Send to

Choose Destination
Obstet Gynecol. 1994 Oct;84(4 Pt 2):710-1.

Malassezia furfur folliculitis of the vulva: olive oil solves the mystery.

Author information

Department of Obstetrics, Gynecology, and Reproductive Sciences, Temple University School of Medicine, Philadelphia, Pennsylvania, USA.



In treating women with chronic fungal infections, it is important to know which organism is responsible for the infection. In the past, organisms thought to cause vaginitis and vulvitis could all be cultured on modified Sabouraud agar.


We describe a case of a woman whose chronic fungal vulvar folliculitis masqueraded as squamous epithelial hyperplasia. The 46-year-old woman, taking immunosuppressive therapy for rheumatoid arthritis, was referred with an 8-month history of vulvar vesicles, itching, and burning. Her examination revealed a vulvar folliculitis. When fungal cultures were initially negative, a vulvar biopsy revealed a squamous epithelial hyperplasia. However, a fungal culture covered with sterile olive oil eventually grew Malassezia furfur, a yeast with peculiar growth requirements. She was cured with a 2-week course of fluconazole.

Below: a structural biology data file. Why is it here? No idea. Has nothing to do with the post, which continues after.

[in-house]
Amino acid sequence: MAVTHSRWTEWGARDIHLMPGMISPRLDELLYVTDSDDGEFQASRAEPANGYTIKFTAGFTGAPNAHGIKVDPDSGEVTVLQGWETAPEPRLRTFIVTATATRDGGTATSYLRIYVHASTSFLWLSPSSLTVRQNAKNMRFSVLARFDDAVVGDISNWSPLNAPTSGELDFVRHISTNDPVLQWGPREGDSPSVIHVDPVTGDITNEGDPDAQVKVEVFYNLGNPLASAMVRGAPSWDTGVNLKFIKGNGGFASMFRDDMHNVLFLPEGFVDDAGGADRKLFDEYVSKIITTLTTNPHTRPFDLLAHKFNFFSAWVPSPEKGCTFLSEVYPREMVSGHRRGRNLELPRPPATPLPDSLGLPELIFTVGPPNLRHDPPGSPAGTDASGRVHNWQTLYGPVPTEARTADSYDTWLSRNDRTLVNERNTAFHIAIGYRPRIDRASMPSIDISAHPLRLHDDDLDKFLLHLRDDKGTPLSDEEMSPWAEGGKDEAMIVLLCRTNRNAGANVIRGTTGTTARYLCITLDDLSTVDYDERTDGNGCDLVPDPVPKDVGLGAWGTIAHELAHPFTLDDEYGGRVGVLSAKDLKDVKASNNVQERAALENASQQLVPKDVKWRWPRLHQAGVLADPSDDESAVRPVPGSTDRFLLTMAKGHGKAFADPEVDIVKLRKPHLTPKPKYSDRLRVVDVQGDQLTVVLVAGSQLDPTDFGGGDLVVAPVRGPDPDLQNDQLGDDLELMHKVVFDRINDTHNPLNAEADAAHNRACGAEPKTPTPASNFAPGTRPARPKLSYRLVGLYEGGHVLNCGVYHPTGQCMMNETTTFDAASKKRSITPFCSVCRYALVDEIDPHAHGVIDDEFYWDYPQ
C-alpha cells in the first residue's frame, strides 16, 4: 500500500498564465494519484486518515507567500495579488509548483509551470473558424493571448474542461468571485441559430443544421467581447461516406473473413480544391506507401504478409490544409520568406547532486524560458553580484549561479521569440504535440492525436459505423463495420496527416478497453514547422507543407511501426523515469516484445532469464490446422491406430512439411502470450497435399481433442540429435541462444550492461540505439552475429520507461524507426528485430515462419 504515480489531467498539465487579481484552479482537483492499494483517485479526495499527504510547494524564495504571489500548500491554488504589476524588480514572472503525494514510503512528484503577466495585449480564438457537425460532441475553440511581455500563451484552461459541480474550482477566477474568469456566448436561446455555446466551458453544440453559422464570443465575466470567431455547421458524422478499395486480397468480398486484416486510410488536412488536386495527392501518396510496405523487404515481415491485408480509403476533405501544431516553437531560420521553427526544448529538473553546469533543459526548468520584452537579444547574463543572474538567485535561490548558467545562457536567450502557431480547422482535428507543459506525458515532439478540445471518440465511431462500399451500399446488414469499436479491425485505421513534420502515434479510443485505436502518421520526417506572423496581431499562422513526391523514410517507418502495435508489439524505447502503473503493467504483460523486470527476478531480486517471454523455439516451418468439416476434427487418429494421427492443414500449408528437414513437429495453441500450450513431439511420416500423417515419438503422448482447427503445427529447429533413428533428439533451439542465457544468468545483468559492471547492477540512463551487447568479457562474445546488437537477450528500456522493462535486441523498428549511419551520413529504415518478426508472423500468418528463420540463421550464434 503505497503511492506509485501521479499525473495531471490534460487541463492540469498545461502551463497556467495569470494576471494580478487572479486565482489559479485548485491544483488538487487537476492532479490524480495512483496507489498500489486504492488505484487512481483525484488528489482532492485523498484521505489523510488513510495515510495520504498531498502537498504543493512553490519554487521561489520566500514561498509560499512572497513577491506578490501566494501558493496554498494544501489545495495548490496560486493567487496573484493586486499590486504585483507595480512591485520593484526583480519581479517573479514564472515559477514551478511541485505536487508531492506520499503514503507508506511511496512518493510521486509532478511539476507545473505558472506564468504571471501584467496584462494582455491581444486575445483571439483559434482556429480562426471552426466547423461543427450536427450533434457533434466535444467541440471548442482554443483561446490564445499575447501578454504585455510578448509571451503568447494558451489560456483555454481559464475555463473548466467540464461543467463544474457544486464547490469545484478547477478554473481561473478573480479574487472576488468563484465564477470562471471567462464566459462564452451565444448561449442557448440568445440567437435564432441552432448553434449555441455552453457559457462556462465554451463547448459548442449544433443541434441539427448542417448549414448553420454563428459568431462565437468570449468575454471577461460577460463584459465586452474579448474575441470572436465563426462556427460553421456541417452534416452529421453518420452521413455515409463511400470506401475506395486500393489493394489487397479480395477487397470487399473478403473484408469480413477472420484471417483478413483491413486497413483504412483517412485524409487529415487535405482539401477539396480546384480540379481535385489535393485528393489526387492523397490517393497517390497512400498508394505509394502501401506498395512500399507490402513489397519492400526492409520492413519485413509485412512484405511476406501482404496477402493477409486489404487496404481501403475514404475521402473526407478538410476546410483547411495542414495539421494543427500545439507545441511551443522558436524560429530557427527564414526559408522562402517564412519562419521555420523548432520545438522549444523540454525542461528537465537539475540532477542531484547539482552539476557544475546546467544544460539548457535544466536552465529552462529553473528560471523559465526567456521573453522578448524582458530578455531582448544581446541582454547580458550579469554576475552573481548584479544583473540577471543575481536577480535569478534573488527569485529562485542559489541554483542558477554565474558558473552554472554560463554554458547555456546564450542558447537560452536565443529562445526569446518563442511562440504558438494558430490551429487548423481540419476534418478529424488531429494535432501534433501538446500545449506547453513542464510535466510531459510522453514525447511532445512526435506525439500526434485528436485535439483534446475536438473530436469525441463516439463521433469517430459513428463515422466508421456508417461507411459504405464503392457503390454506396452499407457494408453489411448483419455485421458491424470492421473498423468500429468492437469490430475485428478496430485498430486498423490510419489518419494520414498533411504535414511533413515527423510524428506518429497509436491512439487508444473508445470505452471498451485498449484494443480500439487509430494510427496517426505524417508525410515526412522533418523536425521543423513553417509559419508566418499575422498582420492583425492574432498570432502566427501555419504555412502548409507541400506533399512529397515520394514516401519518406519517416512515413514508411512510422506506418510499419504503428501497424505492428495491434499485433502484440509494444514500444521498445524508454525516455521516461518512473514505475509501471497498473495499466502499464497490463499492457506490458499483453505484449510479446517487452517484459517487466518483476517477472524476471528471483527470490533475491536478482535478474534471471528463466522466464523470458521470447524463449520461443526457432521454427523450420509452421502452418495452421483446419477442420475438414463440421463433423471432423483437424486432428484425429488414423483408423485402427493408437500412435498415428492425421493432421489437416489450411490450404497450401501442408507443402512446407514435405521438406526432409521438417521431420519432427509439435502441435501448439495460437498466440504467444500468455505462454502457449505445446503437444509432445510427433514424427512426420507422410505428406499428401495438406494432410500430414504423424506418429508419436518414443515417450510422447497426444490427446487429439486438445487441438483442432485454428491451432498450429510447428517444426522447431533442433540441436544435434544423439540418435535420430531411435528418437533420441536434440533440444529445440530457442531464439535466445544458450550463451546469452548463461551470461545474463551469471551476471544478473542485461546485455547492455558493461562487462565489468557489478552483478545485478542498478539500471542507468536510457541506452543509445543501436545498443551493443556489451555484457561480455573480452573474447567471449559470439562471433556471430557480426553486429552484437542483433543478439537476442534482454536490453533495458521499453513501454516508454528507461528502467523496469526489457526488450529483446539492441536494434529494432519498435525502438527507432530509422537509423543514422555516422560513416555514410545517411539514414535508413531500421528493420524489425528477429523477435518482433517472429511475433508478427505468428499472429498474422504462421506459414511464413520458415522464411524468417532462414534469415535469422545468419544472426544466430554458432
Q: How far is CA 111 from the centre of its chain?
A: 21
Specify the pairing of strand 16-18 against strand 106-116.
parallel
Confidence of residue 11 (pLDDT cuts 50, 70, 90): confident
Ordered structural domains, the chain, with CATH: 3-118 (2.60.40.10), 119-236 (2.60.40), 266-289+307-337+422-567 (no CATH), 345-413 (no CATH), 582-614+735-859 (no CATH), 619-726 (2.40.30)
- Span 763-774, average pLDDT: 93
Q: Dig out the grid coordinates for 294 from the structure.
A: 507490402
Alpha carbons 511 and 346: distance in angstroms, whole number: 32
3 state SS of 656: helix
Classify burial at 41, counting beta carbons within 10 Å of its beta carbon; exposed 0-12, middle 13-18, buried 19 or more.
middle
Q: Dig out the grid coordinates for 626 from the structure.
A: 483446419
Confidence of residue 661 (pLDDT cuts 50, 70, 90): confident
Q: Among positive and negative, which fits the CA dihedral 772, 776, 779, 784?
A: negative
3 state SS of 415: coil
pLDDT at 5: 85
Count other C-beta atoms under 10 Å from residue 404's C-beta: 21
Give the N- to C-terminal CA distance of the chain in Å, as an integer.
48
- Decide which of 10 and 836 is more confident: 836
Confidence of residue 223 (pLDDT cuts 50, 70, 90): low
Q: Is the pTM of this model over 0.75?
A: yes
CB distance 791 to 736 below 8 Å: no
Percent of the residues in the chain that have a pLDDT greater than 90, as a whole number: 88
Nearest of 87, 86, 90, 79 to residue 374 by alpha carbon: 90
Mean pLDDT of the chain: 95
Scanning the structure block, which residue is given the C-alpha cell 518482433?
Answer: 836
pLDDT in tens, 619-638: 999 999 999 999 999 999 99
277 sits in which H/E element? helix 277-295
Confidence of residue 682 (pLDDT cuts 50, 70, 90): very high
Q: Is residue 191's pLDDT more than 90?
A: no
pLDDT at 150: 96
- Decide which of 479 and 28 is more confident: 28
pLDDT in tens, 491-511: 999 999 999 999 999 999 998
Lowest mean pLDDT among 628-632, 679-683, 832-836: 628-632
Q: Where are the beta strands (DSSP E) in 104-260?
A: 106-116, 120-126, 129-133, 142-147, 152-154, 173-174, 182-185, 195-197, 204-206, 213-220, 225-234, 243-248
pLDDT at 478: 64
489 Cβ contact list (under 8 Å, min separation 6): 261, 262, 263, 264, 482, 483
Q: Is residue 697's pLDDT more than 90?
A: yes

Malassezia furfur, an organism rarely described in the vaginitis literature, can cause vulvar folliculitis in a patient on immunosuppressive therapy.

[Indexed for MEDLINE]

Supplemental Content

Loading ...
Support Center